Only half of being a good programmer is knowing and being able to apply the syntax of your chosen language to write a program. The other half is the ability to actually find good solutions to the problems that the programs are meant to solve. This half of programming is seldom taught and many programmers never learn it resulting in a large percentage of programs using inefficient long winded ways of mostly solving the problem, and perhaps not solving it at all for some inputs.
In this series we will look at how Problem Solving can be applied to produce better solutions that properly solve problems using the minimum amount of code.
- Think outside the Box - if you assume constraints on a problem that don't actually exist you can make the problem far more difficult or even impossible to solve.
- Divide and Conquer - breaking up a problem into several smaller problems can make it easier to solve.
- Problem Solving and Logic - make sure you are solving the right problem and how sometimes knowing several things none of which by themselves solves the problem can give a solution.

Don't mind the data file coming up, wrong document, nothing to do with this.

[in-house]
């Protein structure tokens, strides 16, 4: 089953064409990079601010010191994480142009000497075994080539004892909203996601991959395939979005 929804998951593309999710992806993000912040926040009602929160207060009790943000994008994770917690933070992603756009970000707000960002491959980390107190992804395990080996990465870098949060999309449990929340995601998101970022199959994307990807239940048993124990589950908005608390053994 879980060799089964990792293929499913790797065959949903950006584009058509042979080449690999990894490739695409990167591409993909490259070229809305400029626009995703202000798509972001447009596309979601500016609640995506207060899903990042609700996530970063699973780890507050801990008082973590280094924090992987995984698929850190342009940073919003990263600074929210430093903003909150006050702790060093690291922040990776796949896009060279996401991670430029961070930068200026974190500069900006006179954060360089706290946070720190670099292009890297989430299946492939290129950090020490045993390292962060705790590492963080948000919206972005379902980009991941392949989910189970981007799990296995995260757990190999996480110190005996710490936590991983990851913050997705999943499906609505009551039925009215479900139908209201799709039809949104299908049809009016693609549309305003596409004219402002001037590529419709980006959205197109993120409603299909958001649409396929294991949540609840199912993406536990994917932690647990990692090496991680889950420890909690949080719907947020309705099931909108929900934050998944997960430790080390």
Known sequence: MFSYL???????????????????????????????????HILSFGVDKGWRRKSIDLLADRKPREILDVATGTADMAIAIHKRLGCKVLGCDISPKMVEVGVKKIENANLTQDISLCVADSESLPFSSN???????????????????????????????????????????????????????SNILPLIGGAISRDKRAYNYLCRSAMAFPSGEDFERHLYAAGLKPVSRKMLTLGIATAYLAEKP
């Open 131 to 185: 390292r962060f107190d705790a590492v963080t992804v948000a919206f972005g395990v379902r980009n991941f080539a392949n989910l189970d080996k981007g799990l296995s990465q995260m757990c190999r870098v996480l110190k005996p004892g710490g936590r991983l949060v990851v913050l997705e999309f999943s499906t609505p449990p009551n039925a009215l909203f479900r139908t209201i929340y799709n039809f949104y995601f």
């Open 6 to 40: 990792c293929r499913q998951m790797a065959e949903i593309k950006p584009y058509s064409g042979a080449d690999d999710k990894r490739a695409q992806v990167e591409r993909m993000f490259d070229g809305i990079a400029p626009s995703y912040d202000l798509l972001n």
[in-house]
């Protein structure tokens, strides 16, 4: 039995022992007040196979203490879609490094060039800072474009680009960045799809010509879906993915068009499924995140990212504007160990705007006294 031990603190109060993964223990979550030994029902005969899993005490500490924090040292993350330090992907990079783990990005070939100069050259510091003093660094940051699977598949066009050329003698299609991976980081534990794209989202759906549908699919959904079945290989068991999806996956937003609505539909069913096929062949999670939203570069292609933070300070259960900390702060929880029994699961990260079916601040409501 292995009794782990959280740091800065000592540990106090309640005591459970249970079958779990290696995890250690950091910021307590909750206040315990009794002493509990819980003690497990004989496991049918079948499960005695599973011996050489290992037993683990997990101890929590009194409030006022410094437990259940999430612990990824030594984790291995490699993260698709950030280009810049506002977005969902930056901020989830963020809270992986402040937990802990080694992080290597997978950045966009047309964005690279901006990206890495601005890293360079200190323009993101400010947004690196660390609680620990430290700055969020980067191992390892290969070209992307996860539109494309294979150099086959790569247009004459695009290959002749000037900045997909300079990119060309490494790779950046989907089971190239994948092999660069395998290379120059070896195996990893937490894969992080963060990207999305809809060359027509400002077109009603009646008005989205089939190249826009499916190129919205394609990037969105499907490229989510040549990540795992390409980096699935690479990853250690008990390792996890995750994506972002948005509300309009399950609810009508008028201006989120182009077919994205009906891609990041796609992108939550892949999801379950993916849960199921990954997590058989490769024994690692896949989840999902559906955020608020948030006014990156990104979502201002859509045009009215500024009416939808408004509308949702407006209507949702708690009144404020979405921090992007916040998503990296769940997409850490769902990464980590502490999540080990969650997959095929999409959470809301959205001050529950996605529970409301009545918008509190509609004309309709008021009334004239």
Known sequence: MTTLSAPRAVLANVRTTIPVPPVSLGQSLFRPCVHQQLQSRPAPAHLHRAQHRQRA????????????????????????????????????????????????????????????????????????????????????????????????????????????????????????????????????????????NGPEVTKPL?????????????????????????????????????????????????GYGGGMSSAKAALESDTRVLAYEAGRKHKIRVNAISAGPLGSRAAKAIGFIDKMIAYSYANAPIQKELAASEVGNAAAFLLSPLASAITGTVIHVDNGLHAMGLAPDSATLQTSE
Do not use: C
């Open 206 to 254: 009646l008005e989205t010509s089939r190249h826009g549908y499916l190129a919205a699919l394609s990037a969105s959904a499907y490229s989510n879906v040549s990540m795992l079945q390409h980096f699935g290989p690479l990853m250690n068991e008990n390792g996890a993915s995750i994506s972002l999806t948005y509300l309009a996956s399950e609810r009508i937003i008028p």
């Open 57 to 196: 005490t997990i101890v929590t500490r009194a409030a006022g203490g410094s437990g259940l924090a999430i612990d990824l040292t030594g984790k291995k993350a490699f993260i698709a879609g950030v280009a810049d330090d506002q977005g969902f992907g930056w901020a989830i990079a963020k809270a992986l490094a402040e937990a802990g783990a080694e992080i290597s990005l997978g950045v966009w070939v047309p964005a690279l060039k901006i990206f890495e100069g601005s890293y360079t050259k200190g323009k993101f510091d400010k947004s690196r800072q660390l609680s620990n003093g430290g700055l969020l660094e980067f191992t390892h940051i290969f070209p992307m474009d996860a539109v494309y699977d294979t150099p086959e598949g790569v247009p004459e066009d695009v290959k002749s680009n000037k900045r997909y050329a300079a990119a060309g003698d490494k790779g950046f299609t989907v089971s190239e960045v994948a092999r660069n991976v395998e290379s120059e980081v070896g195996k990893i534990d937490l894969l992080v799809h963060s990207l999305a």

- Use What You Know - by keeping any work you have previously done to solve problems (whether you used it or not) means you may already be part way to a solution to the next problem.
- Loops and Recursion - sometimes a problem can be broken up into multiple occurrences of the same smaller problem.
- Practice - an unsolved mathematical problem can provide a good opportunity to practice your problem solving. Test yourself on how far you can get with eliminating options before comparing to what others have determined.
- Designing a Program - Before you can solve all the problems a given program presents you must first identify what they all are by properly designing the program.